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I'm doing a weekly time series analysis and I'm generally getting a mape of 35% is that ok according to the industry standard?

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There is no such standard and there never will be. If your data is very noisy and forecasting-unfriendly, you will be happy to find any forecasting method that behaves better then the best alternative you have for it. There is no arbitrary "critical" value that marks the point where you can say that your forecast is either "good", or "bad". If you decided to adopt such rule-of-thumb, then unavoidably you will end up with concluding that for some data no matter what method you will use, all of them will produce "good" forecasts, and for other data, you will be unable to find any method that produces one.

See also the How to know that your machine learning problem is hopeless? thread.

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  • $\begingroup$ Thank you, I understood your point but isn't there any acceptable cut off which could be taken? I mean if I'm getting a MAPE up to 10% I would generally trust the forecast. But can I accept the forecast when it gives the MAPE of around 30+? I just have over 2 years of weekly data. As my data is also less could be leading towards high MAPE $\endgroup$ – Shivam Sarin Apr 18 '17 at 11:49
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    $\begingroup$ @ShivamSarin As stated above, there cannot be any such level that works for every series and for every decision-making process based on a forecast. If you feel that, through your experience and domain knowledge related to a specific series, up to 10% is fine, then there's your answer. In general, models can be compared to each other and ranked, but ultimately what is acceptable is up to the person who takes decisions based on the forecast (and their utility function!). $\endgroup$ – Chris Haug Apr 18 '17 at 12:10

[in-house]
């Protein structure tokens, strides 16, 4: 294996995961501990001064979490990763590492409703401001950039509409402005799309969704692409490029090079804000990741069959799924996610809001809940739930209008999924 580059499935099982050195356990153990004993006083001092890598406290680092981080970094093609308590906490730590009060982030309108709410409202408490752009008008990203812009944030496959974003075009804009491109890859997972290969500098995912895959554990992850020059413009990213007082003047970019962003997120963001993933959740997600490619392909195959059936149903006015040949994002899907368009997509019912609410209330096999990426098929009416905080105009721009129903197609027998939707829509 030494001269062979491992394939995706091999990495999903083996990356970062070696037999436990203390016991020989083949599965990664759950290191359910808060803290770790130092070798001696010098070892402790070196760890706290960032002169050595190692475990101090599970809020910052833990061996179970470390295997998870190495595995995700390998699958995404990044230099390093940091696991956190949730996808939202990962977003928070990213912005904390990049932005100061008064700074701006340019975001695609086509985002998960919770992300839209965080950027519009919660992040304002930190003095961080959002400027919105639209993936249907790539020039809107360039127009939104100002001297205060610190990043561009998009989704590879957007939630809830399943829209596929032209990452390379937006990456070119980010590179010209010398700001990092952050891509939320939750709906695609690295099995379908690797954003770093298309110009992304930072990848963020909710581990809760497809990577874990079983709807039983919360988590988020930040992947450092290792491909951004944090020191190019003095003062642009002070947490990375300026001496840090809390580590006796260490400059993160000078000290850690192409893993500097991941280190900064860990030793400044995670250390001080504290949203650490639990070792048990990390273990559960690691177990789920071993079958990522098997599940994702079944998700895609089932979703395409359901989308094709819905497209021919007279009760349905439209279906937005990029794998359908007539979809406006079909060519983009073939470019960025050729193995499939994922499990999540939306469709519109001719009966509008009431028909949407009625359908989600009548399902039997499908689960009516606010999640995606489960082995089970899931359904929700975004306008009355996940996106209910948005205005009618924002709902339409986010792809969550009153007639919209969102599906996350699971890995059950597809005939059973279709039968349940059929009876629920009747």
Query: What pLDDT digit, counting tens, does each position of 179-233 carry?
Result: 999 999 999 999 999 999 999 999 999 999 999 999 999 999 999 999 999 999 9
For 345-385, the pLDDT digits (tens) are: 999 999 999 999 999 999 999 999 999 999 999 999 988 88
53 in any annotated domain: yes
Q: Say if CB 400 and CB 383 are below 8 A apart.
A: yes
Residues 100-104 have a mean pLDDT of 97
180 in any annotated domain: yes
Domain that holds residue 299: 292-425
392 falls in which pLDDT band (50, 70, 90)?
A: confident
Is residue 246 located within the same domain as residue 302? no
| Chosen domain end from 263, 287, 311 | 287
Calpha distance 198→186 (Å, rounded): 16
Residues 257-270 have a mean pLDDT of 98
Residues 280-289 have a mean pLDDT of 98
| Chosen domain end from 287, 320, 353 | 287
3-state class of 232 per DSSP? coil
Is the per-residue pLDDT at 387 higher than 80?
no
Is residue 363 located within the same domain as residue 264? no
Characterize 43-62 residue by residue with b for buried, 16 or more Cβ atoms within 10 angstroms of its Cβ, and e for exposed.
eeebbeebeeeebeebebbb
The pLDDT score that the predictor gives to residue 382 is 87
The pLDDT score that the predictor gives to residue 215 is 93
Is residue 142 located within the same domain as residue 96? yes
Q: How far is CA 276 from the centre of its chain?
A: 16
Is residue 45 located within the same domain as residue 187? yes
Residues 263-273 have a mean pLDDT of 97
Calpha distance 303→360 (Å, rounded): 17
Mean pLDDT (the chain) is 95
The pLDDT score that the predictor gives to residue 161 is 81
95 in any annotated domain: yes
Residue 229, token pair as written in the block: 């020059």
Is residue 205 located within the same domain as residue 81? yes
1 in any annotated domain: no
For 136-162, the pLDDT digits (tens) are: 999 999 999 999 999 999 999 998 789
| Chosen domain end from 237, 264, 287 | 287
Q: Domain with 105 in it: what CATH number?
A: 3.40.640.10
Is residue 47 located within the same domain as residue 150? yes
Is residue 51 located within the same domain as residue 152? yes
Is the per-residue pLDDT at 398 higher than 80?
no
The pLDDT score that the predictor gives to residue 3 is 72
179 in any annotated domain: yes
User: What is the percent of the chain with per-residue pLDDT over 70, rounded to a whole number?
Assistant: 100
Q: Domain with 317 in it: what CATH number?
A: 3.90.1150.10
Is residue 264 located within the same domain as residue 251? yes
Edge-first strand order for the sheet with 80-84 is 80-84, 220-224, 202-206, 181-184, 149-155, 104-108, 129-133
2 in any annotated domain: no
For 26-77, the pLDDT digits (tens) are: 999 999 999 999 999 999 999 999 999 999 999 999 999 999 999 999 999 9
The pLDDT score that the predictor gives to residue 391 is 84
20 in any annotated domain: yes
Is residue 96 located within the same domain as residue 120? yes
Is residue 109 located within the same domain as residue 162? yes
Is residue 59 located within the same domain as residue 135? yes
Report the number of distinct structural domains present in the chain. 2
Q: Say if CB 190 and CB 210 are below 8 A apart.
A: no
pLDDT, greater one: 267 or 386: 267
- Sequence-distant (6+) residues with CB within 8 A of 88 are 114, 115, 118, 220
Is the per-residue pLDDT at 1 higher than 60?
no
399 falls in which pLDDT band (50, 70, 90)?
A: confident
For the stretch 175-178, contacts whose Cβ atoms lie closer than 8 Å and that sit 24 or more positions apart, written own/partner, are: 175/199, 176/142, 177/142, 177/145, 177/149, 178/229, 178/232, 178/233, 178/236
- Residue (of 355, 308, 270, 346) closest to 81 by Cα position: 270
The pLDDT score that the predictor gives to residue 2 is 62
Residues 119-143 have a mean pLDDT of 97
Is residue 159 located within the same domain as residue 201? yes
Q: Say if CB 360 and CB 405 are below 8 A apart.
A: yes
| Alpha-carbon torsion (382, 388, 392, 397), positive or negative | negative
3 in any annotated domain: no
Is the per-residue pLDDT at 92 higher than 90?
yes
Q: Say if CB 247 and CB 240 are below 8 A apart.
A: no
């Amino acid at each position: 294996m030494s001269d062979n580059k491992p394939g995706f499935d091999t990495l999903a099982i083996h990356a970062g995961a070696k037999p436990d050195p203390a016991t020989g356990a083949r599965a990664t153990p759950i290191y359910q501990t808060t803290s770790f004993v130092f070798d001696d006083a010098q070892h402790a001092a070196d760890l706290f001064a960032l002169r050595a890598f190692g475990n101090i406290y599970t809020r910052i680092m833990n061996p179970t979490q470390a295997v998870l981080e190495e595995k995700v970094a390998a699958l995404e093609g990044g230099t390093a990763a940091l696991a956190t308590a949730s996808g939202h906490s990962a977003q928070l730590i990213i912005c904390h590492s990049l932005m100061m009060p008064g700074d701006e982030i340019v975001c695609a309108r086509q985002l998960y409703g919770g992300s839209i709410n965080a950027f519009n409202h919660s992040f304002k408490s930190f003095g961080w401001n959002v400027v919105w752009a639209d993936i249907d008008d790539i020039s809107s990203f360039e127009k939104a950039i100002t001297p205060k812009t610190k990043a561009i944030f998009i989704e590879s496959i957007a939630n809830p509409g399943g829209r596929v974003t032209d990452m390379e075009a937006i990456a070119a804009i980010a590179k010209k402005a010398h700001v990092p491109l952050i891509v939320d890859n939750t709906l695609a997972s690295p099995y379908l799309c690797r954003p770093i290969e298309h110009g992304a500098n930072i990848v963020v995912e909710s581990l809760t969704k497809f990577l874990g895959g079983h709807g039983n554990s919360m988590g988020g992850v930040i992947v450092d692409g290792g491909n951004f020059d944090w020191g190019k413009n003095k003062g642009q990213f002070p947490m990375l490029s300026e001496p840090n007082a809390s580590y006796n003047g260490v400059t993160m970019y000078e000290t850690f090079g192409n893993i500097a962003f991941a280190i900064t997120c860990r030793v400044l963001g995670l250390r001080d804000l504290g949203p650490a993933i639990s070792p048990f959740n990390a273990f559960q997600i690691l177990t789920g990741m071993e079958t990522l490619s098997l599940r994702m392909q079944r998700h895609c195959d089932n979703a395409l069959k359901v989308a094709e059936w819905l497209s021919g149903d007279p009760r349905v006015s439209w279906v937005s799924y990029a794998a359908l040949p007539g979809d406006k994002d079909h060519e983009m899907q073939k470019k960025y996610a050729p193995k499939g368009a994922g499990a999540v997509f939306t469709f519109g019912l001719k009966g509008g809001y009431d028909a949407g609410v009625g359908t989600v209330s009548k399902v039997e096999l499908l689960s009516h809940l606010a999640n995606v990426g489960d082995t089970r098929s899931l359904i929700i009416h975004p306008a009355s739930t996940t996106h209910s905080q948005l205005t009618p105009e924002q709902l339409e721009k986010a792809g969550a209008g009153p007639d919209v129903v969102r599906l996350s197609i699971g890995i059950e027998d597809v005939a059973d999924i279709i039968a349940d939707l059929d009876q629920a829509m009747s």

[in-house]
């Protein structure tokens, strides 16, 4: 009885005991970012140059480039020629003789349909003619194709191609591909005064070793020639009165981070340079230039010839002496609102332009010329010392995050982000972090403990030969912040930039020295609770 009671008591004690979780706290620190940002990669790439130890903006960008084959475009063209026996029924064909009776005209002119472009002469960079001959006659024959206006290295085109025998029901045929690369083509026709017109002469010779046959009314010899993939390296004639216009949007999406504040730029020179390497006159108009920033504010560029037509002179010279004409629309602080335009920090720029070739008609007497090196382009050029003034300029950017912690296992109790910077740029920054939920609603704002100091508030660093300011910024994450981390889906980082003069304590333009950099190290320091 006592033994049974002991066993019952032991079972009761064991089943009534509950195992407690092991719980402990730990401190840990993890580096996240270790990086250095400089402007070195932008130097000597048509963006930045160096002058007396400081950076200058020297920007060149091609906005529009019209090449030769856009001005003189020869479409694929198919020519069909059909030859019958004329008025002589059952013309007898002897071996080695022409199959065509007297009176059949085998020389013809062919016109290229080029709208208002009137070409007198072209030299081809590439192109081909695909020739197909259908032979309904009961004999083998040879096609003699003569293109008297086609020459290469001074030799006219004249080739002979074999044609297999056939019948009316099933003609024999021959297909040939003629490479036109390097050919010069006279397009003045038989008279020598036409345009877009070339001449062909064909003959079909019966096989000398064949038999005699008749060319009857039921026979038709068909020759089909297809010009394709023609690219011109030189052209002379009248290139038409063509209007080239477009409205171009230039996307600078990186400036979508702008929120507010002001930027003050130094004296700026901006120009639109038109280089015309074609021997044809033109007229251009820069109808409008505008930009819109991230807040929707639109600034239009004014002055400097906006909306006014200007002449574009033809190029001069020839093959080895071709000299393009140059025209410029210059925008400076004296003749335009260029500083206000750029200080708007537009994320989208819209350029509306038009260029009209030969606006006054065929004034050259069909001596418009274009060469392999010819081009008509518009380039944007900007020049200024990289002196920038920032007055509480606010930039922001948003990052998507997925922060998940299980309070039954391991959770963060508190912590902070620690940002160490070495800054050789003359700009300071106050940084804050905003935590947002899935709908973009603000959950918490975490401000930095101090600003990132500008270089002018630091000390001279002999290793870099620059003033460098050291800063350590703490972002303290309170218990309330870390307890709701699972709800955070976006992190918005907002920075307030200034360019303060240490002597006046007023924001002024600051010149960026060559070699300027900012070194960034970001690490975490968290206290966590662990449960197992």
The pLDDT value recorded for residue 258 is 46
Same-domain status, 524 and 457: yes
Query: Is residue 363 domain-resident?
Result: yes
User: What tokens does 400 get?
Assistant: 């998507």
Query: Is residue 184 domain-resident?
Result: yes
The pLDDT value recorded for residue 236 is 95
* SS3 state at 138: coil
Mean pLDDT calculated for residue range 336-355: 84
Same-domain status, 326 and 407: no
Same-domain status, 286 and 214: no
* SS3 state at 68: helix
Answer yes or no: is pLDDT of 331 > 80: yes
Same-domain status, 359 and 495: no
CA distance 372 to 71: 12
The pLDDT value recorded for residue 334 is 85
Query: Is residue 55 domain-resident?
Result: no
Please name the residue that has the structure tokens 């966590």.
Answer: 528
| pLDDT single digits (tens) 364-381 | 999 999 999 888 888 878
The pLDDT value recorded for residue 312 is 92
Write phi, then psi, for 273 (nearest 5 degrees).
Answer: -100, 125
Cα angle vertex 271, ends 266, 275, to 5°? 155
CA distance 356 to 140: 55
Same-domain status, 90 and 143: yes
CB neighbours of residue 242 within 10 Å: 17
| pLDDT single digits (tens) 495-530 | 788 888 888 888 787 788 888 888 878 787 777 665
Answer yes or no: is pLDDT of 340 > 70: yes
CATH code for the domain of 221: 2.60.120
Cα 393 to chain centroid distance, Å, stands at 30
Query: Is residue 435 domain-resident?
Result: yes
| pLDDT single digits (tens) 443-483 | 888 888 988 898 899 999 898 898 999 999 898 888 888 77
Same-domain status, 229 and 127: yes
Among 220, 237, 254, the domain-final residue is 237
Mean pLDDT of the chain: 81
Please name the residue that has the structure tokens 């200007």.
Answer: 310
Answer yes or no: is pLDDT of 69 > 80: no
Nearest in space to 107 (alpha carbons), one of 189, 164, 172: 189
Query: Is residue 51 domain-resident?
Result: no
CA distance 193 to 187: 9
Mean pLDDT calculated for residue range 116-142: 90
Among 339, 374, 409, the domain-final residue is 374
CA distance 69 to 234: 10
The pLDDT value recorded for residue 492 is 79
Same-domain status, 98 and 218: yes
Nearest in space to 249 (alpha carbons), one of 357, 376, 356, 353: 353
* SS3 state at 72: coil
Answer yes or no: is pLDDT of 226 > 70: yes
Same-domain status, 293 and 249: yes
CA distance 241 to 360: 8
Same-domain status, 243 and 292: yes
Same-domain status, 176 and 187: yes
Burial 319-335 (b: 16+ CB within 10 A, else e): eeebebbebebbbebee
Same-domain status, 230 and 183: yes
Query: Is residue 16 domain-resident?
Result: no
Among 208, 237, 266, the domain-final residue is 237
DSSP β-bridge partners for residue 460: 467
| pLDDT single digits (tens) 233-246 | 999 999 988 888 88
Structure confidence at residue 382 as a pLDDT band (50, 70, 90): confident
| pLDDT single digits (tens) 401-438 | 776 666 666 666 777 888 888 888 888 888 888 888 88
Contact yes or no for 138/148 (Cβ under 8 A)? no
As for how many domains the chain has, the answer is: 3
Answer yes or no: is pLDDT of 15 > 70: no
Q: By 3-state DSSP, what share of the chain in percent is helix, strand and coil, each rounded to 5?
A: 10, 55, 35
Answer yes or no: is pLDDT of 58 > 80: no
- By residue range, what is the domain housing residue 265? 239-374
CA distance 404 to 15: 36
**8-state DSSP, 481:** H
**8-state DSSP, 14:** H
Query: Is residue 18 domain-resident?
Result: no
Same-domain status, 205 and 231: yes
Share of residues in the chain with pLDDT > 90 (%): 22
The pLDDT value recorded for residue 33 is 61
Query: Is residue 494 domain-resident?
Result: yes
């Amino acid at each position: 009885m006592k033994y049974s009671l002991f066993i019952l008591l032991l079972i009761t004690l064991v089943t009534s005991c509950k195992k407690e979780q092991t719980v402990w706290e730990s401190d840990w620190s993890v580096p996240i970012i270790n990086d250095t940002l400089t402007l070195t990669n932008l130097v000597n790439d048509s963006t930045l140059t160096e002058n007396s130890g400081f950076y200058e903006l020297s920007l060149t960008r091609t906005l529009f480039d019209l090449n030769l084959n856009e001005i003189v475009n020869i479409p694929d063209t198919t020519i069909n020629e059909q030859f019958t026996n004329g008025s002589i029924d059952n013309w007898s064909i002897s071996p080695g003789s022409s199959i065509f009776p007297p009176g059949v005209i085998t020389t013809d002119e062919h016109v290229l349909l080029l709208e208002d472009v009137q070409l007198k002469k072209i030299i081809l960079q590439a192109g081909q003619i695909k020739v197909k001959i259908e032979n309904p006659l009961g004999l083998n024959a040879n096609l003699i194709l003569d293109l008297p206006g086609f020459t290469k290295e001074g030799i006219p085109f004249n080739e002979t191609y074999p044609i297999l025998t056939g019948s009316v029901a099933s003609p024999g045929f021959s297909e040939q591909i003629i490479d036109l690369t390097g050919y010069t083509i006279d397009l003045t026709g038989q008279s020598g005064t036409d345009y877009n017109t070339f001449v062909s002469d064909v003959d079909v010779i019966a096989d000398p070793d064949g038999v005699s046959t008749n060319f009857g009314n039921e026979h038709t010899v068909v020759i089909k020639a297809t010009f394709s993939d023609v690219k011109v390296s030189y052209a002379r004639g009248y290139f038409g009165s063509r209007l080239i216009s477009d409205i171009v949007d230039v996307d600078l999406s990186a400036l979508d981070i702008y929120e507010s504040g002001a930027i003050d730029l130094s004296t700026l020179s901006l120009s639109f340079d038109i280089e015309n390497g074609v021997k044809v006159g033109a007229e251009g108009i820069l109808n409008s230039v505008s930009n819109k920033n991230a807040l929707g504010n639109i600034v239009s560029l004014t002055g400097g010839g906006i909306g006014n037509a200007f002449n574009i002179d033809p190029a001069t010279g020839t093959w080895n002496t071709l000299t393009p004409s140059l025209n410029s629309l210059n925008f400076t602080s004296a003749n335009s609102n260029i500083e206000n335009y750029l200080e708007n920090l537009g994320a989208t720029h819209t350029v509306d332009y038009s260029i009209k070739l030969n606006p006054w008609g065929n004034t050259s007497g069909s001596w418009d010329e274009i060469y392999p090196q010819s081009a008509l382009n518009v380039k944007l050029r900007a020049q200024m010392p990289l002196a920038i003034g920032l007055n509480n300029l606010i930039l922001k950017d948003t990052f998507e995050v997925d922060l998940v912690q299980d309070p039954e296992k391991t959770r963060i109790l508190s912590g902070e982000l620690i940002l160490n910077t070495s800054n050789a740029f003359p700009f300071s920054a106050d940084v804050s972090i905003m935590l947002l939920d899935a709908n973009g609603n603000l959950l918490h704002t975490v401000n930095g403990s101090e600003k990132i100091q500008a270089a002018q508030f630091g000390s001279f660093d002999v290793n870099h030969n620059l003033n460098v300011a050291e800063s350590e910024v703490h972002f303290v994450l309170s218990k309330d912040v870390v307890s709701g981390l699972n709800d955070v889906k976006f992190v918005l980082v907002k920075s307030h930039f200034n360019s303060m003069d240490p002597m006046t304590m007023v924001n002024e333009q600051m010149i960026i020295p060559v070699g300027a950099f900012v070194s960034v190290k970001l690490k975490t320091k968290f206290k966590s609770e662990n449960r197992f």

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+1 to Tim's answer.

There are quite a number of published "benchmarks" of forecast accuracy out there, but in my opinion, they are all misleading. Typically, they will be based on responses to informal surveys at practitioner forecasting conferences and similar, and if you think about things for a little, you will notice that industries are widely different, time series are widely different (high noise vs. low noise, strong seasonality vs. no seasonality, promotional or other external drivers or not, ...) and so forth. Plus people will even differ on how they calculate the MAPE (Green & Tashman, 2009. Percentage Error: What Denominator? Foresight: The International Journal of Applied Forecasting, 12, 36-40).

These differences mean that there simply cannot be useful external benchmarks for forecasting accuracy. I summarized my arguments in a little paper (Kolassa, 2008. Can We Obtain Valid Benchmarks from Published Surveys of Forecast Accuracy? Foresight: The International Journal of Applied Forecasting, 11, 6-14) which may be helpful.

Instead, I'd recommend that you look at internal benchmarks: throw different forecasting algorithms at your data and see how they compare. Consider averaging different forecasts, which often improves accuracy. Think about whether you have modeled all important drivers, like trend, seasonality or promotions. (Conversely, don't model weak effects, which may make your forecasts worse.) Look at badly forecasted series: why are they badly forecasted? Do they exhibit some kind of unmodeled regularity?

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